Duriez has no doubt captured as much of Tolkien's maternal aunt, Mrs. Jane Neave, as any student of Tolkien's life and work could demand. What he leaves out is compensated for by a reference to the three (actually four, if we count #231) published letters he wrote her at the end of her life in the early 1960s. Those letters, by the way, are not just about The Adventures of Tom Bombadil, and do contain many hints about Neave's life and character that Duriez, for lack of space, cannot report to his readers.
Orphaned at an early age, no doubt Tolkien loved her, as Duriez ventures to suggest. But we really know almost nothing about her. The standard Tolkien sources that include her are all about him, not her. She mentions children who love The Pied Piper, in her footnoted letter to which Tolkien's #234 is a reply, but Letters editor Carpenter does not tell us if those children are her grandchildren or not. Unless the Tolkien family or a researcher reveals more at some future date, Aunt Jane remains an enigmatic bit player in the drama of Tolkien's life rather than a real person.
Comments by N.E. Brigand, January 2, 2008
In addition to the collected Letters, Duriez cites an unpublished letter by Tolkien, but he also ought to have included a ‘Further Reading’ list, and put on it Carpenter’s biography, and two works in which Tolkien’s art appears: J.R.R. Tolkien: Artist & Illustrator by Hammond and Scull, and J.R.R. Tolkien: Life and Legend by Judith Priestman. Both include sketches Tolkien made when he stayed with the Neaves in 1904, including a picture of Jane and Edwin asleep. Also, the See also list here, with only three entries, should be supplemented with “Adventures of Tom Bombadil”; “Art and Illustrations by Tolkien”; “Children’s Literature and Tolkien”; “Christ: ‘Advent Lyrics’”; “Eärendil”; “Sir Gawain and the Green Knight, Pearl, Sir Orfeo: Edited by Christopher Tolkien”; and “World War I”.
Netherlands: Reception of Tolkien - René van Rossenberg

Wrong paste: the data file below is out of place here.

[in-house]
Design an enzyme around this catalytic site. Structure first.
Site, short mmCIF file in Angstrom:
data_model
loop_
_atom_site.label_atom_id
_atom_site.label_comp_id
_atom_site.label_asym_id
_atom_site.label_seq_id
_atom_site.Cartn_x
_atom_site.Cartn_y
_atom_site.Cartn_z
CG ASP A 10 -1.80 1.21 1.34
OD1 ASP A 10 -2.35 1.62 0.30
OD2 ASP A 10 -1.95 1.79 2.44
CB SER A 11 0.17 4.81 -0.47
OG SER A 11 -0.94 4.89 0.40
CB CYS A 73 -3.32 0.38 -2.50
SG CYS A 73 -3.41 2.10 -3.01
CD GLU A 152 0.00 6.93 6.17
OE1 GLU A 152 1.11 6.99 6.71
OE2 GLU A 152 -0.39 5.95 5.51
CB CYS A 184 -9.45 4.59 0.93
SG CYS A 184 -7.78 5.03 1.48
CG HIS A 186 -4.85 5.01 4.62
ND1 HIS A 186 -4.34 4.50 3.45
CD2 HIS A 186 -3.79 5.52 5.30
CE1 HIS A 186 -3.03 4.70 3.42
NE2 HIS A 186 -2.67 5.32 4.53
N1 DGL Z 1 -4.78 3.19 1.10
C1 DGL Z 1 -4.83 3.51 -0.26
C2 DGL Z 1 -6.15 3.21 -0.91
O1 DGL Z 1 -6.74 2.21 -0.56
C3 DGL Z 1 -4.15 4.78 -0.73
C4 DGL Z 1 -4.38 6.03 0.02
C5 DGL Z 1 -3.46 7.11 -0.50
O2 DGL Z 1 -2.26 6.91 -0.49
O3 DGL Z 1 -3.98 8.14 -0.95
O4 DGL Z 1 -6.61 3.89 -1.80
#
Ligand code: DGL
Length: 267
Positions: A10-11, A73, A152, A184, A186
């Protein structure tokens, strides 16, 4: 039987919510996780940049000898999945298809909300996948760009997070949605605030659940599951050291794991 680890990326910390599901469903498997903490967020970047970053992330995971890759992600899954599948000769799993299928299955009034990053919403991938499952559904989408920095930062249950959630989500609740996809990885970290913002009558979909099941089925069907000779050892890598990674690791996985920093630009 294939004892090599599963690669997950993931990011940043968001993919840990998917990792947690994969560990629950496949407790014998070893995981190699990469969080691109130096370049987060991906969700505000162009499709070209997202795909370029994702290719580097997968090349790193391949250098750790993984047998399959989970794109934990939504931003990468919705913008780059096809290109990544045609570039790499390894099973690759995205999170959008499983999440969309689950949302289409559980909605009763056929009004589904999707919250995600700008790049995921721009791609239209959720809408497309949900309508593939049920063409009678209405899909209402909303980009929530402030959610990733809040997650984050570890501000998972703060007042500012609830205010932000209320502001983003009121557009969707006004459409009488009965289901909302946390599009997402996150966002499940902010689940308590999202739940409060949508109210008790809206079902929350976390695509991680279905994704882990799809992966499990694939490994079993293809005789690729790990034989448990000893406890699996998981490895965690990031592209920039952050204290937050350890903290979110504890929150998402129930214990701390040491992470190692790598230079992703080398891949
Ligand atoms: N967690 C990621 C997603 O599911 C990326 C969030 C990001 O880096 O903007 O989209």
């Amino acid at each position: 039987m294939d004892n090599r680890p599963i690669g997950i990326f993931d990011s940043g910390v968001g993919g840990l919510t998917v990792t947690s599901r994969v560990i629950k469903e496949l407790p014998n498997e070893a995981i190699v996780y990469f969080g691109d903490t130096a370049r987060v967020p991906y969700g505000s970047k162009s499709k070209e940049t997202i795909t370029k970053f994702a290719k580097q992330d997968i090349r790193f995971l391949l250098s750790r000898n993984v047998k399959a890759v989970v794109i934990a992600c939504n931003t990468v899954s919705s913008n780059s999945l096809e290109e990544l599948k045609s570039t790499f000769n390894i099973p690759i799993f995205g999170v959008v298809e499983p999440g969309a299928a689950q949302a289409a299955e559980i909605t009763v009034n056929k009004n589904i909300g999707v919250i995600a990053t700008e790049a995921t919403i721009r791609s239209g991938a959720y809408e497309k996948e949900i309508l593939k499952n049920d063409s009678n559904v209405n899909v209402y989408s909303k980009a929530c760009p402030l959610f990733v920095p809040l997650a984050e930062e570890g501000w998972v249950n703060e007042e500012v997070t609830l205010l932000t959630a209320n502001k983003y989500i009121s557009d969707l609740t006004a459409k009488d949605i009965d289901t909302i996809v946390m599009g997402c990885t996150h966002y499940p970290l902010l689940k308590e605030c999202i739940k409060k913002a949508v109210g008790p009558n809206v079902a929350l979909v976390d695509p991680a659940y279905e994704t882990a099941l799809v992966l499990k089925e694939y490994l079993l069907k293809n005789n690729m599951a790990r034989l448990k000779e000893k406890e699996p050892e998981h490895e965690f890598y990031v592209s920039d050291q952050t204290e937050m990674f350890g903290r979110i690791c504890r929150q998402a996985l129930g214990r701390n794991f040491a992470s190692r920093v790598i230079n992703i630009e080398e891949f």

Comments by squire, July 3, 2007
Van Rossenberg has done some fabulous research on the reviews that The Lord of the Rings received in the Netherlands in the mid-1950s. The range and perception of the comments reported here put the article on the "Success of" LotR to shame. Interesting also is an accurate representation of the high price of the first edition, five times what a typical book cost at that time.
Strangely, that's just about it. The following fifty years are wrapped up in a paragraph. And no account is given of how the Dutch liked The Hobbit (translated in 1960) or The Silmarillion (no date given, though one imagines from the tone that it was soon after the original was published).
As so often, no interpretation is offered for the Dutch "perception" (as opposed to reception) of Tolkien's work. Van Rossenberg repeats the famous story told in the Letters, of Tolkien's rare venture overseas in 1958 to be feted by his fans in Rotterdam. Tolkien noted that they spoke "entirely of hobbits" -- could this be a sign that the Dutch responded most readily to the homey domesticity of hobbits? Yet one Dutch reviewer called the early part of Fellowship, with its strong echoes of the more childish The Hobbit, "rather rough going".
It might also have been worth mentioning that the Dutch translation of LotR, besides being the first foreign edition, was (with the Swedish translation) the spur for Tolkien's monograph for translators, "Notes on the Nomenclature of The Lord of the Rings". This contains numerous comments on how not to translate his work, with the Dutch edition used for examples.
New Glossary of the Dialect of the Huddersfield District, A - Tom Shippey
Comments by N.E. Brigand, April 22, 2007
A few trifles aside, this is a fine article, full of engaging writing and fascinating insights. Shippey introduces Walter Haigh, explains his 1928 Glossary and Tolkien’s possible influence on that work, and identifies connections between the Glossary, Tolkien’s Middle English scholarship, and his fiction, including a possible joke in Tolkien’s use of “auction” in The Hobbit and an explanation for Sam’s exclamation of “Noodles!” in LotR – though this article doesn’t tell readers where in the text Sam uses that word (in Book IV, Ch. 1, “The Taming of Sméagol”, after descending from the Emyn Muil). Shippey doesn’t say whether Haigh’s book or Tolkien’s foreword have been cited in later scholarship.
There is no cross-reference here to Janet Croft’s entry on "Haigh", and there are some discrepancies between the two articles: Croft gives 1931 as the date of Haigh’s death, while Shippey has 1930. Shippey says that Tolkien “probably” met Haigh in 1922 after addressing the Yorkshire Dialect Society, of which Haigh was a leading member, but Croft says that Tolkien joined the Society in 1920-21 (I suppose both claims could be true). And this article, unlike Croft’s, lacks a 'Further Reading' list, though I don’t know if anyone besides Shippey himself – in The Road to Middle-earth and his article “History in Words: Tolkien’s Ruling Passion” from the recent Blackwelder conference proceedings – has previously addressed this subject.